Can I fire my lawyer even if they were working on a contingency fee basis?
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UPDATED: Feb 20, 2013
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You can always fire your lawyer. In most states the rules are that the old lawyer and new lawyer share the fees based on work done, and, if necessary, the bar association figures out the split. The bad news is, clients who fire their lawyers for what other lawyers regard as trivial matters are often seen as “trouble” by prospective new lawyers who fear that they may be complained about next. As the new lawyer gets less than a full fee because she has to share with the old, that can sometimes cause issues.
Another thing that you need to remember is that even if your lawyer was working for a contingency fee it is possible that your lawyer will bill you for all the hours spent on the case up to the point where they were fired. Although you won’t have to pay until you receive your settlement, paying your first lawyer in this way may not leave much for the new lawyer, adding to the disincentive for any attorney to take the case.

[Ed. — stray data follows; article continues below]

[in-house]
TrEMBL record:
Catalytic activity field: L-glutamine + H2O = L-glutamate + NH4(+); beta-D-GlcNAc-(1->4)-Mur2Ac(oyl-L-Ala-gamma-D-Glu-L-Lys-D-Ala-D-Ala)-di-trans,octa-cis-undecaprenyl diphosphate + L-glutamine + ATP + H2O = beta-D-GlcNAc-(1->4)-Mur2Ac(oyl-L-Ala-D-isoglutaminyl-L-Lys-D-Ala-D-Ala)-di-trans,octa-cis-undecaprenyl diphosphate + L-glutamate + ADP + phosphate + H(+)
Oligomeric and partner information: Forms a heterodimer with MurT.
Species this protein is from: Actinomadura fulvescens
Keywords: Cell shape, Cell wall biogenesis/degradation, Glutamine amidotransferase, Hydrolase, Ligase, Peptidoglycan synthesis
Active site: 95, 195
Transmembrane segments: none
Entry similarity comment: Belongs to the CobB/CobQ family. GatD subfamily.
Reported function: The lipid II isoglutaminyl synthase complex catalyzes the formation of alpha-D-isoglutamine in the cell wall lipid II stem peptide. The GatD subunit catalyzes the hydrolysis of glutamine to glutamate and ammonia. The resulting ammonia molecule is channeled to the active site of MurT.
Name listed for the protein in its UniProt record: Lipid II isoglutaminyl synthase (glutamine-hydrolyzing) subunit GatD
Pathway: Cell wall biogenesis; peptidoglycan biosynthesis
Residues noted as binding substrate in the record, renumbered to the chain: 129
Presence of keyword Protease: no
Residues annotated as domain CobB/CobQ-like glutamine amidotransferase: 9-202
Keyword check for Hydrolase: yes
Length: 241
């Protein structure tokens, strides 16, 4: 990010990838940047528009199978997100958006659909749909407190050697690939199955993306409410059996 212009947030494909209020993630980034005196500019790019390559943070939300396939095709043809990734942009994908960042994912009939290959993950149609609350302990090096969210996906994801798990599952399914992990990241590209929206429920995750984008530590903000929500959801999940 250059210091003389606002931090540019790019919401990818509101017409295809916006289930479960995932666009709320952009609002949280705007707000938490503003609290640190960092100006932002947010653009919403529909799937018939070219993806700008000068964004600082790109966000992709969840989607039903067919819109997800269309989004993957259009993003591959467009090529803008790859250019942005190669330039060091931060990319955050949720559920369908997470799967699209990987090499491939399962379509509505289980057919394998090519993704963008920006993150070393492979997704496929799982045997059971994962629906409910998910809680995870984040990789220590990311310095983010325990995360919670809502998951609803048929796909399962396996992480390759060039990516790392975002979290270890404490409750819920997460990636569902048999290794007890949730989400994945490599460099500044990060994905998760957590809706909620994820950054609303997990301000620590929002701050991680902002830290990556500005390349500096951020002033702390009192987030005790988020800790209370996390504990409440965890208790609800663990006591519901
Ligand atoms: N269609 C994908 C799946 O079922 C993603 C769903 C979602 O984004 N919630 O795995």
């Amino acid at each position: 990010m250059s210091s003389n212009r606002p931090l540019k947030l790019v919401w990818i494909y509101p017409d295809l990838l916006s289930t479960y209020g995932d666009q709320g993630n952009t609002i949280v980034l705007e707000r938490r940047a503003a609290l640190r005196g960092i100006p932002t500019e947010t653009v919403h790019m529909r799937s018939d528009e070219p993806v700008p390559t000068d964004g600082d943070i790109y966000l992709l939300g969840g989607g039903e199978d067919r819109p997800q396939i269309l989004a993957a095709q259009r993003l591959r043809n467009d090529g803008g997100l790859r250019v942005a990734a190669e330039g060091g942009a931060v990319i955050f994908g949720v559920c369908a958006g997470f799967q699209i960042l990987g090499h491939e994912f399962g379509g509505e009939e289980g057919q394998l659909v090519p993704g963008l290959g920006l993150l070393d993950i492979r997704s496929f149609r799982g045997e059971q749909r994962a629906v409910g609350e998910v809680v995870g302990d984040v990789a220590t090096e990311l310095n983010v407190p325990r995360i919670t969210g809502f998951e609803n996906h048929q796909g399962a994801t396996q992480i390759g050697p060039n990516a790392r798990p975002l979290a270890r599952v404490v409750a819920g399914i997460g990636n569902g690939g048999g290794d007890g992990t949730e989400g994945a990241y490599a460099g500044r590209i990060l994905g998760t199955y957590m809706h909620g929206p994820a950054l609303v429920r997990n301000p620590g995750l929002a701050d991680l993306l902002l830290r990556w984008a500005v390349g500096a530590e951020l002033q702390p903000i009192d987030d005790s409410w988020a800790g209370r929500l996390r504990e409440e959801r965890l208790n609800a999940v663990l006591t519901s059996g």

If your lawyer is doing anything that is defined by the state’s bar as unethical, then it is time to fire them and file a complaint with the bar. Examples of unethical behavior include: offering a settlement without your approval, missing a court appearance for reasons other than an emergency, causing you or himself to be held in contempt of court, conferencing with the opposing council without informing you.
The primary thing that attorneys consider trivial is delays in contacting clients. While this may be hard to hear, you have to keep in mind that attorneys have multiple clients. In fact, some litigation or family law attorneys may be balancing over 50 clients at once. With that many clients constantly calling them for updates, you can imagine how long an update to a single client will take. Remember that you don’t typically expect to get a same day appointment with your doctor, the same is true for other professionals such as attorneys.
In the case of settlements, there may also be a delay because of procedural concerns. In the modern litigation system, once attorneys are involved, nothing is simply settled. Instead, the attorney has to offer the settlement, the opposing attorney has to inform their client and that client has to make a decision. This can take as long as 30 days, during which your attorney will remain completely in the dark as to the settlement.